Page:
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Southern women's basketball head coach Sandy Pugh coaches during a preseason media day, Wednesday, October 11, 2017, at Southern's F.G. Clark Center in Baton Rouge, La.

Advocate staff photo by HILARY SCHEINUK

BY CHRISTIAN BOUTWELL

Special to The Advocate

In October, Southern star forward Briana Green didn’t worry about it.

Then, when the Southwestern Athletic Conference’s coaches and sports information directions released its preseason poll, predicting the Jaguars to finish fourth in a league of 10 teams, Green brushed it off with a full season of basketball ahead.

There were people to prove wrong.

As of late December, days before the Jaguars begin conference play at 5 p.m. Monday at Texas Southern in Houston, Green’s words are a bit more pungent.

“I know what’s going to happen at the end of the season,” Green said, “that’s all I’m going to say. It should be a very, very, very exciting season,” she added months ago.

Like the SWAC’s men’s league, Texas Southern was also slated to finish first in the women’s sphere, besting No. 2 Grambling by three first-place votes in a sure-to-be contested race among multiple schools for the SWAC’s crown.

Regardless of its 1-8 start to begin this season, Southern is in that mix. The Jaguars have lost eight in a row since a 32-point season-opening win over he University of Mobile on Nov. 11.

“The kids are really hungry right now,” Southern coach Sandy Pugh said. “Matter of fact, I think we’re starving.”

“We’re hungry for success,” Pugh added. “We’re hungry for an opportunity to show people just what we’re capable of doing in this league. And we’re going up against the No. 1, the predicted order of finish, the No. 1 team. We’re excited about showcasing that.”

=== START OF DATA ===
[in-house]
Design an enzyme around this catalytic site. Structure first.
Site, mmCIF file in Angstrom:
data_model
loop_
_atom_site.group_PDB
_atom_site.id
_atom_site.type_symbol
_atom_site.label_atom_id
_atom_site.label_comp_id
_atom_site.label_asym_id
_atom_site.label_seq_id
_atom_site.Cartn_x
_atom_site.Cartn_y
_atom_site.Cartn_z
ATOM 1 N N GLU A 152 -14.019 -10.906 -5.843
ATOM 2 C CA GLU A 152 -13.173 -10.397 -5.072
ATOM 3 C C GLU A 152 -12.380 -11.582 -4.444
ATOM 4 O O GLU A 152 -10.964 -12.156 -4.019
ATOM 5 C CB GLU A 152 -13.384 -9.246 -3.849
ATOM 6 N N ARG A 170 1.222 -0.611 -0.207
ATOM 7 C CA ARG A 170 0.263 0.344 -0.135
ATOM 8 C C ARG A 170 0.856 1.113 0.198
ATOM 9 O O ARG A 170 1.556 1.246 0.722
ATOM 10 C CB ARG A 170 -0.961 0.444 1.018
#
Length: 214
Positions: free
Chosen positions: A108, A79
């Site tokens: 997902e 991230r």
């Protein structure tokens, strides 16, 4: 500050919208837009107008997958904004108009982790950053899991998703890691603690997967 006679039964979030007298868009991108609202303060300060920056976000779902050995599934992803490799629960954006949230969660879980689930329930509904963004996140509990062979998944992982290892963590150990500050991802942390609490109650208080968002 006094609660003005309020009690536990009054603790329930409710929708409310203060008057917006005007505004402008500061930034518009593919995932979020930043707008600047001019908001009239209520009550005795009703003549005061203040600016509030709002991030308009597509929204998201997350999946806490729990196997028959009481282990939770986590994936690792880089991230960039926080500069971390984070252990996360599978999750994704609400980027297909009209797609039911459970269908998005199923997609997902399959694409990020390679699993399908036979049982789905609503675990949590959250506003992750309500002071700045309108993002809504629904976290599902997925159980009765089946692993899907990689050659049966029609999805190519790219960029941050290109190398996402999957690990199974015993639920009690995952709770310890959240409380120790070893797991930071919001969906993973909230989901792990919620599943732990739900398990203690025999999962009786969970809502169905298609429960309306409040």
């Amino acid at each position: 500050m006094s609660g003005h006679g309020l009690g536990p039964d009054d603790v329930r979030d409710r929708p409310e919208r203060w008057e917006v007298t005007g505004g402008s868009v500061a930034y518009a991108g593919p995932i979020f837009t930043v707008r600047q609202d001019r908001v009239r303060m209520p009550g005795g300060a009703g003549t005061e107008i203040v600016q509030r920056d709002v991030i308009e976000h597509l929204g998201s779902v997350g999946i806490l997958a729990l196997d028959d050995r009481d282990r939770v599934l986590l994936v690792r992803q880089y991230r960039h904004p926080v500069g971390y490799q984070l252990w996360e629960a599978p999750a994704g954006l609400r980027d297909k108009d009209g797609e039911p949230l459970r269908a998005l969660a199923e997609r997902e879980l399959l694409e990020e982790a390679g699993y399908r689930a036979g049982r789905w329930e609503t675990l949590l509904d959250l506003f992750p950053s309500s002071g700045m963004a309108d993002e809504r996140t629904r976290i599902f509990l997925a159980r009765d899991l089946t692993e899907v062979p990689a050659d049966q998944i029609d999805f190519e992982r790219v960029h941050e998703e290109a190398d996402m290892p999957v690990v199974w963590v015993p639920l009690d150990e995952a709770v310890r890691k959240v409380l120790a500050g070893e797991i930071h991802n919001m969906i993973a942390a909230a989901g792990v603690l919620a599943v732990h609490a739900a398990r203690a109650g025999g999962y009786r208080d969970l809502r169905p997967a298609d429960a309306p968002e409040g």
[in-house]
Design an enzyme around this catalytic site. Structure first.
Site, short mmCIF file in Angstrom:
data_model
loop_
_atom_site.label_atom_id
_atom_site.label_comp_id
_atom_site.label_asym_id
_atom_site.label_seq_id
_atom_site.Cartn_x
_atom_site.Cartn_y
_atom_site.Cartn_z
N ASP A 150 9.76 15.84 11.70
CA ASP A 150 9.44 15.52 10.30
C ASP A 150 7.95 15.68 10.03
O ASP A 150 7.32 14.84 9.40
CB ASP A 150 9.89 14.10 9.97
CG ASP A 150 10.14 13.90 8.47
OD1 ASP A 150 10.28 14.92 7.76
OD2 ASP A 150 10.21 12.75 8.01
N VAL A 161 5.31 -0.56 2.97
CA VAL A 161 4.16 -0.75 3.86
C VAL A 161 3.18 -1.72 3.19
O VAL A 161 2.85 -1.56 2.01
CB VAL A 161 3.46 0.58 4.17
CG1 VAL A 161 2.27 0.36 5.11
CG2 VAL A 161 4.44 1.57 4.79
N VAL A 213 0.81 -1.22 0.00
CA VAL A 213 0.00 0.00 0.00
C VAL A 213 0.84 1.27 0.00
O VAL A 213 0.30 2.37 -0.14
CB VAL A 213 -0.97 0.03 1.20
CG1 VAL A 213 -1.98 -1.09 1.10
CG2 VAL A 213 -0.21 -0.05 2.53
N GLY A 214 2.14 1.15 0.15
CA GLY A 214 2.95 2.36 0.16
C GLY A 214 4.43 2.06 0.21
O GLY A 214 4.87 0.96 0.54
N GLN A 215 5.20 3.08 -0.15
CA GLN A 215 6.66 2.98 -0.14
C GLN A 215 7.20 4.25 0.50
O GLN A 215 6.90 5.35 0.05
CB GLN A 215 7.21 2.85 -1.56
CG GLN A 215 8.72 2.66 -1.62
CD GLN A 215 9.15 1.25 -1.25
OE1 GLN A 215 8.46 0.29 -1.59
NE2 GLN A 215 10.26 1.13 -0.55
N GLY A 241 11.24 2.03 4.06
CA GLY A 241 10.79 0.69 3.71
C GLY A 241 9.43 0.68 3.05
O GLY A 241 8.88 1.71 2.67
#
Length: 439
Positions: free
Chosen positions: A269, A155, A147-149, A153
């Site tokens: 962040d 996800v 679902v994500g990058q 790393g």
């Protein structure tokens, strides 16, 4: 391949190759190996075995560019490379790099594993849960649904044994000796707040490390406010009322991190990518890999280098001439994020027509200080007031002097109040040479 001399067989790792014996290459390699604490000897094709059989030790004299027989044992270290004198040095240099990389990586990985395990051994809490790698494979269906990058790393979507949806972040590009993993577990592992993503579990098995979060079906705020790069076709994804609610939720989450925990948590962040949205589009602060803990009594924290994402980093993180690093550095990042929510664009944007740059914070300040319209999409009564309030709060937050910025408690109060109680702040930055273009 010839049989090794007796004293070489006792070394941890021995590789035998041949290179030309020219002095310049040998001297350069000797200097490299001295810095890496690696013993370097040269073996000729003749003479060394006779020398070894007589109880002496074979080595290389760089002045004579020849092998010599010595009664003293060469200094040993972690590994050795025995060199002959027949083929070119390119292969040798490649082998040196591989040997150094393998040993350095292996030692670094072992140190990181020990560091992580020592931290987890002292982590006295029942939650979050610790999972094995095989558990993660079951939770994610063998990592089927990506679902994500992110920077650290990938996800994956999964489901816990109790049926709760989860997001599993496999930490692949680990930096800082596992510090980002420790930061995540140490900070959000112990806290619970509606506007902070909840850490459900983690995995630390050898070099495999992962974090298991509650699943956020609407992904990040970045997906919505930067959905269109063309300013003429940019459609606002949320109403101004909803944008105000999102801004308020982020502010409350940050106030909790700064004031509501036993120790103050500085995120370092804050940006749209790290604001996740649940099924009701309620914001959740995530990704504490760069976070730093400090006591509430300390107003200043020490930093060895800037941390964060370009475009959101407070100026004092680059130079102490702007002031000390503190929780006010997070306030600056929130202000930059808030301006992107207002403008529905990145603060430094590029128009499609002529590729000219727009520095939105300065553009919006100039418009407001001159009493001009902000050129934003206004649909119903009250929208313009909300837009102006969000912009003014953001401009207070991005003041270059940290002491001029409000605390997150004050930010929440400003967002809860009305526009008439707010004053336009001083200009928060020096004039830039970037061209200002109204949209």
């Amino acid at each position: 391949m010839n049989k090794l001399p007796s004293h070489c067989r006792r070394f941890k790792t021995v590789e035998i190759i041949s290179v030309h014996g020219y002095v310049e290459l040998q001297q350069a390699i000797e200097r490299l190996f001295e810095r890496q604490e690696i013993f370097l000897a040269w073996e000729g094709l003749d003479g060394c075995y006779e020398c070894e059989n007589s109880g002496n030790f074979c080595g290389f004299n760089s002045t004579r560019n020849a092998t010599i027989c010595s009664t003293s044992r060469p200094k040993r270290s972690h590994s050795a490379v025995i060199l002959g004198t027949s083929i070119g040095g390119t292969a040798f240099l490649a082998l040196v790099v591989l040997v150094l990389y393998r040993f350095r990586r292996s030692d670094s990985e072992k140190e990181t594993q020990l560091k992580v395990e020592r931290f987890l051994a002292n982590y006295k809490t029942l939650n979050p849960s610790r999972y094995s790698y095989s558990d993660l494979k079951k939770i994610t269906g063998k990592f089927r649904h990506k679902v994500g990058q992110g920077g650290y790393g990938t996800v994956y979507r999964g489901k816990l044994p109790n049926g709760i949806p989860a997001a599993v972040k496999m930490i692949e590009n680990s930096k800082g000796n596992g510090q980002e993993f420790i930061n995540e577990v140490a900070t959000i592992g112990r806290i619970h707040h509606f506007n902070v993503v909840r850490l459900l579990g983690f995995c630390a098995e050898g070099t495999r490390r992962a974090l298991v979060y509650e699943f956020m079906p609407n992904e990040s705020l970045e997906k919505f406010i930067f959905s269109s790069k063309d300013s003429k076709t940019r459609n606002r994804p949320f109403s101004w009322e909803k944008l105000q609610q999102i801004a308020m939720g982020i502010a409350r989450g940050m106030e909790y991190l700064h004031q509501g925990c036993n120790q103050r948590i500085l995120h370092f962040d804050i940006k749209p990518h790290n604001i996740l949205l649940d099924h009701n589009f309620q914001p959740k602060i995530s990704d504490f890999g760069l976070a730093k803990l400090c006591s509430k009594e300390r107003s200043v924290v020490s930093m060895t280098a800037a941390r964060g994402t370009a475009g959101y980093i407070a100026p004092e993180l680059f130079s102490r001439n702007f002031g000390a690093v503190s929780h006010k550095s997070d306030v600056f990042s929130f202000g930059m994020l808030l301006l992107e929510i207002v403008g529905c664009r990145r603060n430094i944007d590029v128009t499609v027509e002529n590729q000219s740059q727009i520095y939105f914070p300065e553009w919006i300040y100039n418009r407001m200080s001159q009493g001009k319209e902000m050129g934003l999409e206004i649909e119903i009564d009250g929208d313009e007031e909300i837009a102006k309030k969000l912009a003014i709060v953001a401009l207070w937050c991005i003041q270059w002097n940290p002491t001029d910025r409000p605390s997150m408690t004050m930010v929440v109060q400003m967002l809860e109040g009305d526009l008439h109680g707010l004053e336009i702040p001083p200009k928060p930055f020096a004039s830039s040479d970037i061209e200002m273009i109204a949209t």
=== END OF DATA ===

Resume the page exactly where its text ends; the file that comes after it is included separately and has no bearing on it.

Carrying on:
It’s been a tiresome stretch of nonconference ball for Southern. The Jaguars have played six of their nine games in different states, ranging from their first road loss of the season at Bloomington, Indiana, to their most recent 81-76 defeat versus Toledo on Dec. 18 in Florida.

Conference play, however, is a different beast.

Pugh’s seen it firsthand.

Monday’s Texas Southern-Southern game is sure to resonate throughout the conference. The Jaguars are “starved” for a win. Their chance at a second victory happens to be a conference-opening meeting with TSU (5-6), the SWAC’s top-rated team with one of collegiate basketball’s top scorers in Joyce Kennerson.

Kennerson, the 2017 SWAC tournament MVP, is averaging 25.9 points per game this season and was listed to the conference’s first-team all-SWAC with Green.

“To me, this is a marquee matchup in the conference,” Pugh said. “Of all the games that are being played, this is the one that will be the most watched. And the most everyone wants to see. It should be a fantastic game. They’re bigger. We’re probably quicker. … I think it’s going to be 40 minutes of mayhem.”

In nearly 20 seasons as a head coach, mostly at Southern, Pugh’s seen the SWAC transform into a dynamic, highly esteemed league, she said. Schools accustomed to losing seasons are now thriving, heightening the skill level and raising expectation for all 10 SWAC squads.

“Each year, the conference has gotten, to me, tougher and tougher in the last few years,” the coach said. “You have so many quality coaches in the league. Everyone’s doing a better job, each and every year, recruiting quality kids. Kids are starting to want to come to play in our conference from top to bottom.

“This conference is growing, and it’s going to continue to grow and improve. We are a big part of that. Our kids are going to go out and battle each and every night. Every time we hit the floor in our conference, it’s going to be a battle royale. We’ve got to come prepared.”